In 2008, a consulting firm out of Texas was brought into Blaine County to analyze the state of the region’s economy and develop a strategy for reducing the vulnerabilities that had, at that point in time, been so thoroughly exposed. As the entire country was moving toward the depths of the recession, the Sun Valley area had yet to recover from a more localized crisis, the Castle Rock Fire, which burned for 20 days and blackened nearly 50,000 acres the previous summer.
While emergency crews were able to keep the flames off of Baldy’s ski runs and out of Ketchum, the smoke choked and emptied the commercial core during what is normally one of the busiest months of the year.
The combination of these two events rocked the entire region back onto its heels, as construction slowed to a crawl, jobs dried up and, with that, a number of the unemployed were forced to move elsewhere to find work. The report the consultants created highlighted the inherent threats and weakness faced by an economy based on tourism and second-home ownership.
According to the report, two of the top drivers of the economy between 2001 and 2006 were real estate and construction, both of which played a much more significant role proportionally than elsewhere in the nation. Thus, when the fire hammered retail receipts in 2007 and the housing crisis decimated the real estate market in 2008 onward, Blaine County took more than its fair share of the hit.
While the real estate market rebounded, another natural incident, this time the Beaver Creek Fire in the summer of 2013, once again demonstrated the lack of control the residents have over their economic health.
No one would say that these events were any benefit to the community, but they did serve the purpose of initiating efforts around the broad goal of resiliency. Although the definition, when it comes to communities, can be difficult to pin down, there’s no question that Blaine County can take steps to better insulate itself from future events by being better prepared.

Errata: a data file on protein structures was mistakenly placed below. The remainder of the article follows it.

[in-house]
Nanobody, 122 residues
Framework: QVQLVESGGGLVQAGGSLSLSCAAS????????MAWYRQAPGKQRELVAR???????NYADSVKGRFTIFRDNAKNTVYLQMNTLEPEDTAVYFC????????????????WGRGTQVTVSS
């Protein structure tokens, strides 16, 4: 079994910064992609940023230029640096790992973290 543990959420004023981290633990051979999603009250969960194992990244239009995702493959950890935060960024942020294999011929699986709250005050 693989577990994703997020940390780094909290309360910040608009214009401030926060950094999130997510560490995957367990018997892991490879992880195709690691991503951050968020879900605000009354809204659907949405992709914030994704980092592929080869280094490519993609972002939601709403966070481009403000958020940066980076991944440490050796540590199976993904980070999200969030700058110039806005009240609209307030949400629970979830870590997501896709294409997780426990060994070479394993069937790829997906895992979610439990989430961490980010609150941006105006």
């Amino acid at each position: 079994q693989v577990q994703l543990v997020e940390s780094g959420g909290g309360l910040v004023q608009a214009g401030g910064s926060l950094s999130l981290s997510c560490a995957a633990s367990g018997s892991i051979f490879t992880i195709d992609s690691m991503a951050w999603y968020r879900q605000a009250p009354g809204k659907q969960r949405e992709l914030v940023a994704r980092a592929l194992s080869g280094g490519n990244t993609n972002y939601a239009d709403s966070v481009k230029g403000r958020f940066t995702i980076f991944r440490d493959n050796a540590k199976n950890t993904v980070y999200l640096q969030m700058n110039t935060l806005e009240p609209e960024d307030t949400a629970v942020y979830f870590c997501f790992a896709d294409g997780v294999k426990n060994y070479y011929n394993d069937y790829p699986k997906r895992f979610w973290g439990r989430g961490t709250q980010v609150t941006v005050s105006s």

“Most people think of resiliency as the capacity of a system to absorb a disturbance, often around disaster and unpredictability,” said Aimée Christensen, the executive director of the Sun Valley Institute, which she founded in early 2015.
“Although what’s needed in our county might be different from other parts of Idaho, the good thing is that we can always find common objectives even if we’re coming from different perspectives.”
Christensen, who also runs a global consulting firm centered on energy and environmental strategies, noted that this is both a cross-political and cross-cultural issue. “Better water and air, conservation, land easements—these can work in line with what a farmer wants to achieve in increasing income and with what a Ketchum resident is looking for. Someone might care about jobs, the environment, infrastructure, but we can all have the same goals.”
Christensen said that the conversations that began in the wake of the Beaver Creek Fire have now moved into the planning stage, with the Sun Valley Institute taking a central role in helping the diverse pieces and interests come together. This gets to the core mission of the Institute, which is, “Ensuring the prosperity and sustainability of the Wood River Valley to serve as a resource for communities everywhere.”
To start, Christensen and her colleagues have set their sights high, targeting fire, energy and food as the three issues that need to be tackled immediately. As an example, they helped implement Solarize Blaine, an initiative to bring discounted solar energy through collective demand to homes, businesses and nonprofit organizations throughout the Valley.
On another front, Christensen noted that Blaine County is the fifth most expensive county in the U.S. for food costs, creating an opportunity to not only incentivize changes in local land use and food production, but also to create more jobs while reducing costs for Wood River Valley residents.